Coronavirus Resource Page

Table of Contents

Statewide Order in Effect

Effective Friday, May 22 at 5 p.m. and running until 5 p.m. on July 3, Gov. Ivey and the State Public Health Officer Scott Harris have expanded the statewide Safer At Home order to allow more businesses to open while still maintaining social distancing and in many cases requiring employees to wear masks to prevent the spread. The Governor announced the changes at a press conference Thursday in Montgomery.

Harris and Ivey emphasized that personal responsibility in social distancing and wearing face covering is even more important now that the state is reopening.

Under the updated order, additional venues can open at 50% capacity but are required to also have additional protective measures in place. Under the order, summer camps and entertainment venues can open including “bowling alleys, arcades, concert venues, theaters, auditoriums, performing centers, tourist attractions (including museums and planetariums), race tracks, commercial or public playgrounds, adult entertainment venues, casinos, and bingo halls.” On Friday, May 22, Jefferson County Health Officer Mark Wilson delayed the opening of those entertainment venues until June 6 for the state’s most populous county.

The state order allows the opening of schools and re-commencement youth sports for practices, though competitions between teams are still prohibited until at least mid-June. More details are available at the links below.

This is an expansion of the revised orders that began a gradual reopening earlier this month. Barbershops, salons, gyms, and fitness facilities were allowed to reopen, but at reduced accompany and with masks required for employees. Gatherings of any size, including church services, are allowed but those gatherings must be able to maintain a six-foot distance between participants. Restrictions on visitation at nursing homes remain in effect.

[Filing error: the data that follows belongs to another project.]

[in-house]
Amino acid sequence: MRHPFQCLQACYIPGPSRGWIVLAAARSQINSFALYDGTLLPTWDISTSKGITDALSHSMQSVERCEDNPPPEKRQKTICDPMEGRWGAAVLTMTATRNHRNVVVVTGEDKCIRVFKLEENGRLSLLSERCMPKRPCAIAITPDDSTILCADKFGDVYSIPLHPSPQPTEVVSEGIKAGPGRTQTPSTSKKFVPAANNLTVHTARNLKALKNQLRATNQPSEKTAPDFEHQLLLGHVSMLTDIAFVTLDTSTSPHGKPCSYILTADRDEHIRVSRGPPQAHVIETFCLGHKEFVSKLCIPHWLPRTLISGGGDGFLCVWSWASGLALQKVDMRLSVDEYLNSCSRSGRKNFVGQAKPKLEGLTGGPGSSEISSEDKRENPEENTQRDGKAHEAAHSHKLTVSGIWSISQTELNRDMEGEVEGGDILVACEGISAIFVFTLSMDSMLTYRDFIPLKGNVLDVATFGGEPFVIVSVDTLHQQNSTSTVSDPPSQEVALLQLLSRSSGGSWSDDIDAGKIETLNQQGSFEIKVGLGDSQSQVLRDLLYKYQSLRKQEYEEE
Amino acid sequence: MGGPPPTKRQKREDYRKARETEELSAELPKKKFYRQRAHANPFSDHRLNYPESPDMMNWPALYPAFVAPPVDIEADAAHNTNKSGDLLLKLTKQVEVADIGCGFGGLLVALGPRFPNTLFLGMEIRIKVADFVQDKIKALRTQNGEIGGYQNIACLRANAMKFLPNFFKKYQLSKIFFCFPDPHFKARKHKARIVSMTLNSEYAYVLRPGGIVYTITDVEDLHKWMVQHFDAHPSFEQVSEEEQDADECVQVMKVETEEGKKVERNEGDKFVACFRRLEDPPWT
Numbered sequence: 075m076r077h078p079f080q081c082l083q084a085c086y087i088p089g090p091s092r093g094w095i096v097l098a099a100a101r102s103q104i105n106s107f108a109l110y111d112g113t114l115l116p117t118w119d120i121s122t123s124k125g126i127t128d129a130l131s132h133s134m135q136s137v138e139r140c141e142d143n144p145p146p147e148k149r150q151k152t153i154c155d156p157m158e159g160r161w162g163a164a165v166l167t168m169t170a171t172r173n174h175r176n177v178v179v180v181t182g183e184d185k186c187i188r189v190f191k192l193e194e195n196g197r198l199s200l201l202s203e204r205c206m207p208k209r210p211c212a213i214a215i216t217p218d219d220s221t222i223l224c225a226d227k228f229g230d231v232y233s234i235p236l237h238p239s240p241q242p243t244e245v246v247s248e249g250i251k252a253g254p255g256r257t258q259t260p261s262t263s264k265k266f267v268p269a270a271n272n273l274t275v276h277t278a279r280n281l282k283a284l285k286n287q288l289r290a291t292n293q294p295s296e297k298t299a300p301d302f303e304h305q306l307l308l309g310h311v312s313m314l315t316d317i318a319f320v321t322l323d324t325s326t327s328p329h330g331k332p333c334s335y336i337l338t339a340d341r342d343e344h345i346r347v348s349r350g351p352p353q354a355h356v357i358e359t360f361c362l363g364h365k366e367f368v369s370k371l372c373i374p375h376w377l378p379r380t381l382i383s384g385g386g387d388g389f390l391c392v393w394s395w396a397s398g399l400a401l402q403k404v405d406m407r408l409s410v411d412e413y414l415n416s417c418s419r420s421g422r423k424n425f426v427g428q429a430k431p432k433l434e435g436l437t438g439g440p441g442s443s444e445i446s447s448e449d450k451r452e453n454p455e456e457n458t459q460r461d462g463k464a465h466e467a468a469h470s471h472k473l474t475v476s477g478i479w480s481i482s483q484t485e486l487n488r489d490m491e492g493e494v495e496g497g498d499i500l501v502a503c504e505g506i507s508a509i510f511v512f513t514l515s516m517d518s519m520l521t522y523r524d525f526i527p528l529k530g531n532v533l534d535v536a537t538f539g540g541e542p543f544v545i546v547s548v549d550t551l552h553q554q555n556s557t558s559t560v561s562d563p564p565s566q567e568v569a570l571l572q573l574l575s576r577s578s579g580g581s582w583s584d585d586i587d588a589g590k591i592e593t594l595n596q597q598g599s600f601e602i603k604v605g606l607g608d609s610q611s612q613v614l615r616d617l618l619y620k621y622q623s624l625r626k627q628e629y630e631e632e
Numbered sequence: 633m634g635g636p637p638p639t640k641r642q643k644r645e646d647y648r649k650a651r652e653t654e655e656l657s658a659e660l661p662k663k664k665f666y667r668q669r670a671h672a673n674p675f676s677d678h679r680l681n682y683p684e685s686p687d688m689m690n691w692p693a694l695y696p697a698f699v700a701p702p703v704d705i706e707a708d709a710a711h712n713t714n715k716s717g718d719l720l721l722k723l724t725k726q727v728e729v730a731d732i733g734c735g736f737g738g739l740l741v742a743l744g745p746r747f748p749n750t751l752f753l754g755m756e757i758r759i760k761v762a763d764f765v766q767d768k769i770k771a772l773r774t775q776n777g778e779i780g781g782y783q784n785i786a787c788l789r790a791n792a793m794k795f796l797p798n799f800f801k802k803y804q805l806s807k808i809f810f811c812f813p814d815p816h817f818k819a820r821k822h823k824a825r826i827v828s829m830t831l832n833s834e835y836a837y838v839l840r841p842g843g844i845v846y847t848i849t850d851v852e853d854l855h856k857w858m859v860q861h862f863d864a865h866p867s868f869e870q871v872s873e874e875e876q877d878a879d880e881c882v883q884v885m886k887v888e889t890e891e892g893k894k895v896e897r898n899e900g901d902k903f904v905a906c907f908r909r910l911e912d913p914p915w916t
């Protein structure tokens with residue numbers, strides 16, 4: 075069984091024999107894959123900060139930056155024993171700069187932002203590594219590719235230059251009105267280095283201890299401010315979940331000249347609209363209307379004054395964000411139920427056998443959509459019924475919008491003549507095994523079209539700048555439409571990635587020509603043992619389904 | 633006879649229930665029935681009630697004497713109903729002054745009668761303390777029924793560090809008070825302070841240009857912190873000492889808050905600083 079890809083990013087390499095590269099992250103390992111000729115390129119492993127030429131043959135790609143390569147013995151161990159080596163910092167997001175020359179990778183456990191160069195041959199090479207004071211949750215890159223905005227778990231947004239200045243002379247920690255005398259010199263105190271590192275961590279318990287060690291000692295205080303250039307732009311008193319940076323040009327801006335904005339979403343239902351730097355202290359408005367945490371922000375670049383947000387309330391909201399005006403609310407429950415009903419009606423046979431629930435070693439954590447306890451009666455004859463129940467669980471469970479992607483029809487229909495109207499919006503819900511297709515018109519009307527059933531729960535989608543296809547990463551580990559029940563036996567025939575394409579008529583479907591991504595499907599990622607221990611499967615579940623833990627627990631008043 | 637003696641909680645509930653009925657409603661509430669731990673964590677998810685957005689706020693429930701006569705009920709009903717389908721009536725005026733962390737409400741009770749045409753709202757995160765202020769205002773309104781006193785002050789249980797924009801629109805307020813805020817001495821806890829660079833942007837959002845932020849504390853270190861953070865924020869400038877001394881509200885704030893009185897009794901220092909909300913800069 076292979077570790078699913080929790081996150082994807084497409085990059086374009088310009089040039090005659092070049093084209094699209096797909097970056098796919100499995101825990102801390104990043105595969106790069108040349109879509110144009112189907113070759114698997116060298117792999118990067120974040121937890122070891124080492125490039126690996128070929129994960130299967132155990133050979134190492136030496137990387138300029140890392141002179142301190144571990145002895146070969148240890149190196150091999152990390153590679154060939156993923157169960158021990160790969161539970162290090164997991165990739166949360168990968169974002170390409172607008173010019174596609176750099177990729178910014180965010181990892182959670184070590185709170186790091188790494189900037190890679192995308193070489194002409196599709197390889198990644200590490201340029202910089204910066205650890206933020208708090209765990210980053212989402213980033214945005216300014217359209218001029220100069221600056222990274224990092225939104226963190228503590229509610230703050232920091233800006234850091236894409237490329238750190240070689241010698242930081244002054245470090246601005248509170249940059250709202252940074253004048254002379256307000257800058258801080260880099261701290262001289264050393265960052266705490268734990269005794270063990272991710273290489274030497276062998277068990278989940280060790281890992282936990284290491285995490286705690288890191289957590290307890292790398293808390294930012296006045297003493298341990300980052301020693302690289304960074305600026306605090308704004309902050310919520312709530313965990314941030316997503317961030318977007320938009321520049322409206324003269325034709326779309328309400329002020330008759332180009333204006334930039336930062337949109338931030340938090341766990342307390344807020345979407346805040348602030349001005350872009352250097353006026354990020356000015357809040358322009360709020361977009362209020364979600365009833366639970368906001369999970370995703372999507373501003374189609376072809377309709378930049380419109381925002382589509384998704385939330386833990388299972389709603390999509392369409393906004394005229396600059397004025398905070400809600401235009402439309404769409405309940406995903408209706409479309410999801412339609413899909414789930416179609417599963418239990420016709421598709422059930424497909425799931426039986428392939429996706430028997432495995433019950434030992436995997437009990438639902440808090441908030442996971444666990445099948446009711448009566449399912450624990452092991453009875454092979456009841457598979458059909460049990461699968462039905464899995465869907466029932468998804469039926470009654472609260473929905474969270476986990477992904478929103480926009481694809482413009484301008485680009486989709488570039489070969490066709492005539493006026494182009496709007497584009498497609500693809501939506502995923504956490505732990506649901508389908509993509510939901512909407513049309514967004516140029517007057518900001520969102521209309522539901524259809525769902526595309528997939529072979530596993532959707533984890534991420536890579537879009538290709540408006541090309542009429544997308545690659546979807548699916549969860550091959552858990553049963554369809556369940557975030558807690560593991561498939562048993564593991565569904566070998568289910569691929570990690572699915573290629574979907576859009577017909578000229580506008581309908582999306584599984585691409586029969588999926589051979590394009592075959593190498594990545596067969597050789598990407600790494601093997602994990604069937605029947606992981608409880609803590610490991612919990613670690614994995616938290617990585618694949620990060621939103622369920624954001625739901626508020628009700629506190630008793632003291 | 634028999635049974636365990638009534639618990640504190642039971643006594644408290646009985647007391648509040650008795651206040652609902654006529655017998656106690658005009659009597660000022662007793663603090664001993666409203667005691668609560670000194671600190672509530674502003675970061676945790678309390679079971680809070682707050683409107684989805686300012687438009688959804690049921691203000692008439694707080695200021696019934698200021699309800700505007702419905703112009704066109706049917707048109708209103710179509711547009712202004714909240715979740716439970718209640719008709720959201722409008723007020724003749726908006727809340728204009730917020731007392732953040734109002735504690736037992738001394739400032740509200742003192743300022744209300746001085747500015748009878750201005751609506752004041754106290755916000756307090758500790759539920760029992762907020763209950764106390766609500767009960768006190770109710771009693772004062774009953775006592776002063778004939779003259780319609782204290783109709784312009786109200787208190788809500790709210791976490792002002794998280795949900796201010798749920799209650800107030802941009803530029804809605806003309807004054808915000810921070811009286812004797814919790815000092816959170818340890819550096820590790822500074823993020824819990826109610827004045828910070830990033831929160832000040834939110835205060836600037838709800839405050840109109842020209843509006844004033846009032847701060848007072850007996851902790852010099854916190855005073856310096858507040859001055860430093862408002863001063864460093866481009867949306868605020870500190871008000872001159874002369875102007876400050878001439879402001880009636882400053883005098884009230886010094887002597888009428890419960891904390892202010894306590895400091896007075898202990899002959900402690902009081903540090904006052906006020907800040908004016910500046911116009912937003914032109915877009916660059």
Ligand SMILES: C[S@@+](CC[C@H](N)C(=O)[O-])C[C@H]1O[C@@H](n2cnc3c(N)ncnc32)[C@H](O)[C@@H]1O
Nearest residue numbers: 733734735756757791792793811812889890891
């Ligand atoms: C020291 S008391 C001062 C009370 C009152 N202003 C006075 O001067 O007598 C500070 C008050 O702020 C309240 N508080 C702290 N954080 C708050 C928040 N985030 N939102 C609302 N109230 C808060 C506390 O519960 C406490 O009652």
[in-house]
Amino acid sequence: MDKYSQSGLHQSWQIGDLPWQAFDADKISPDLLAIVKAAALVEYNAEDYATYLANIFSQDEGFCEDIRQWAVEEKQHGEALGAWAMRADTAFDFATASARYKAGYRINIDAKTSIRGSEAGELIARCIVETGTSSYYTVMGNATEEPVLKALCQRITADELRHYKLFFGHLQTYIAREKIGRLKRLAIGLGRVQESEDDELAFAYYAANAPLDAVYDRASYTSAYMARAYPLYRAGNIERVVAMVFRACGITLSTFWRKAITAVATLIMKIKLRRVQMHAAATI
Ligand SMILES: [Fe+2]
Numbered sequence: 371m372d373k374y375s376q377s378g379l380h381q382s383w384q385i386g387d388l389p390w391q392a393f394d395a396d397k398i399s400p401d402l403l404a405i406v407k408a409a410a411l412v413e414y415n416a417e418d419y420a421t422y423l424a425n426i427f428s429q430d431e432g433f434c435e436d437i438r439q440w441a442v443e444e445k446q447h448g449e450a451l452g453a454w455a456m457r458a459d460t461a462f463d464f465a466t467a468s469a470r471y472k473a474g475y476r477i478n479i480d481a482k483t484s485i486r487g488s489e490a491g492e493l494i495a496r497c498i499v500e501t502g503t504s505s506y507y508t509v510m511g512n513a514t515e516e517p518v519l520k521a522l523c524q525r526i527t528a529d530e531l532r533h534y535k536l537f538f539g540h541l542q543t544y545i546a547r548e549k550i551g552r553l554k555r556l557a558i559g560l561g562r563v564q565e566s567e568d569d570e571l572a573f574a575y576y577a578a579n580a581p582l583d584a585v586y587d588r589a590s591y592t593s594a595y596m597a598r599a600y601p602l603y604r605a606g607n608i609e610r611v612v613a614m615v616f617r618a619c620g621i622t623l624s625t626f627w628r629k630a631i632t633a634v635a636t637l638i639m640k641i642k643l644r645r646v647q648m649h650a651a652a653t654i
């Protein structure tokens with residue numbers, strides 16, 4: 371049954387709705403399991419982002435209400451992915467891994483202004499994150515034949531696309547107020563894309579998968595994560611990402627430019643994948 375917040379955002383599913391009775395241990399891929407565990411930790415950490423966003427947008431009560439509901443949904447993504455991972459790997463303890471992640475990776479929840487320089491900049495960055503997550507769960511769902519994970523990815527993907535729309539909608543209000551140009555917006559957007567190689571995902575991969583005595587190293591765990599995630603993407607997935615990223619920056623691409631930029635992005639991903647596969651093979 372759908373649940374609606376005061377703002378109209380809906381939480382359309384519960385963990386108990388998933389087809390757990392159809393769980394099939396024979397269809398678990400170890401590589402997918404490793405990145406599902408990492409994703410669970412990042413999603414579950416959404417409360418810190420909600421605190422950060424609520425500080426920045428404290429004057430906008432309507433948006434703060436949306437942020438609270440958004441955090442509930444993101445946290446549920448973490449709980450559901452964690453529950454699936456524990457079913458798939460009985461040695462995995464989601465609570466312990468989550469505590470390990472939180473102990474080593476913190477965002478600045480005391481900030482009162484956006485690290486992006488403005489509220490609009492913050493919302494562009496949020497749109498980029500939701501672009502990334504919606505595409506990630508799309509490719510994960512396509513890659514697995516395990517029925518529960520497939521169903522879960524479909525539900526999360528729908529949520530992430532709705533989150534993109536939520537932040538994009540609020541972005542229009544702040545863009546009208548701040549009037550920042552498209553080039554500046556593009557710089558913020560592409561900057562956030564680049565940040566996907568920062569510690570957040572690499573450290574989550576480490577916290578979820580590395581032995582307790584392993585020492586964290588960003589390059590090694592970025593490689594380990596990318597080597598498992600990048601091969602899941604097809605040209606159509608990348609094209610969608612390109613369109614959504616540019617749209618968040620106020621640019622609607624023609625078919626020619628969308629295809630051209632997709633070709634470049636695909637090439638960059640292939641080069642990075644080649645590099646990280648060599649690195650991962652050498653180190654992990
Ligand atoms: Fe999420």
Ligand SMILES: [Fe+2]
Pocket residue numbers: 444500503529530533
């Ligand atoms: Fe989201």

Ivey reminded Alabamians that COVID-19 is a “serious and deadly disease” and that Alabama is not seeing drop[ing case or death numbers. “The numbers are not as good as we would hope,” Ivey said.

The easing came on the same day it was announced a surge in cases in the Montgomery metro area has led to its intensive care units to fill. New patients will be diverted to hospitals in Birmingham.

Tracking the Virus

Using data gathered by Johns Hopkins University and made available to the public, PARCA designed the visualization below, which allows the user to focus on Alabama and individual counties. This can allow for the identification of outbreaks or rising numbers of new cases or elevated levels of new deaths linked to the Coronavirus. A seven-day average is provided because the state is releasing data in batches: sometimes a small number of cases and sometimes a double load as appears to have occurred on May 20. The Alabama Department of Public Health Dashboard that follows includes a daily tally in which the reports are reassigned to the day of occurrence.

Alabama Department of Public Health provides daily updates to a dashboard displaying confirmed Coronavirus cases across the state. A second tab at the bottom of the map switches the view through a variety of Coronavirus statistics, like daily trends and averages, rates by county, hospitalizations, and demographics of those affected.